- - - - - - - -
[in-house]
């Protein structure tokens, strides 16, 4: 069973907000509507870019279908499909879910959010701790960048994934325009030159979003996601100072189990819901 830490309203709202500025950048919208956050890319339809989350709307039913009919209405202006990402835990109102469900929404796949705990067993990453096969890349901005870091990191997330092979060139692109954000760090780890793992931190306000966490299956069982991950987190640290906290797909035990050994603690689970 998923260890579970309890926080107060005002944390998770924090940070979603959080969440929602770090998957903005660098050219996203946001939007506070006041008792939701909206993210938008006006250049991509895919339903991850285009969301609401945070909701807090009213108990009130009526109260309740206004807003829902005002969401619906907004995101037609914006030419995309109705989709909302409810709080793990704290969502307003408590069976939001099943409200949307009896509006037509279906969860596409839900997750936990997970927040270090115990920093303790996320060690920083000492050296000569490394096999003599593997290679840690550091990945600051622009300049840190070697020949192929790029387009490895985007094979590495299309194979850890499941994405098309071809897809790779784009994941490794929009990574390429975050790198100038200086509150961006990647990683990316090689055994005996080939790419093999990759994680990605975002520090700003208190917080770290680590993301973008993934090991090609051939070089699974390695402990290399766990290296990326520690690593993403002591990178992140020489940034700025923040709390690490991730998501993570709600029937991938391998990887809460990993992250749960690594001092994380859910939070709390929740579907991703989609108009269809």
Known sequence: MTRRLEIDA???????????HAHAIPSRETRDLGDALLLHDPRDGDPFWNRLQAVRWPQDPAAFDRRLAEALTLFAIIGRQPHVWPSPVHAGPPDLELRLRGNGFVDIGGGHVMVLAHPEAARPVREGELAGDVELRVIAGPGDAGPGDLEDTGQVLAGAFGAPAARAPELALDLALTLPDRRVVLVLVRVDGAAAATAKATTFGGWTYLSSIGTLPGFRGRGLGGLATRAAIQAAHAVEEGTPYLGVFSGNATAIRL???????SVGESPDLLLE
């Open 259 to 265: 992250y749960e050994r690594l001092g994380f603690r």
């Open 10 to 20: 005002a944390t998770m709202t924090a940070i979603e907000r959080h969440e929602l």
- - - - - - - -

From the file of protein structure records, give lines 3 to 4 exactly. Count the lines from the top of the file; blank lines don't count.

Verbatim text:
Known sequence: MTRRLEIDA???????????HAHAIPSRETRDLGDALLLHDPRDGDPFWNRLQAVRWPQDPAAFDRRLAEALTLFAIIGRQPHVWPSPVHAGPPDLELRLRGNGFVDIGGGHVMVLAHPEAARPVREGELAGDVELRVIAGPGDAGPGDLEDTGQVLAGAFGAPAARAPELALDLALTLPDRRVVLVLVRVDGAAAATAKATTFGGWTYLSSIGTLPGFRGRGLGGLATRAAIQAAHAVEEGTPYLGVFSGNATAIRL???????SVGESPDLLLE
């Open 259 to 265: 992250y749960e050994r690594l001092g994380f603690r």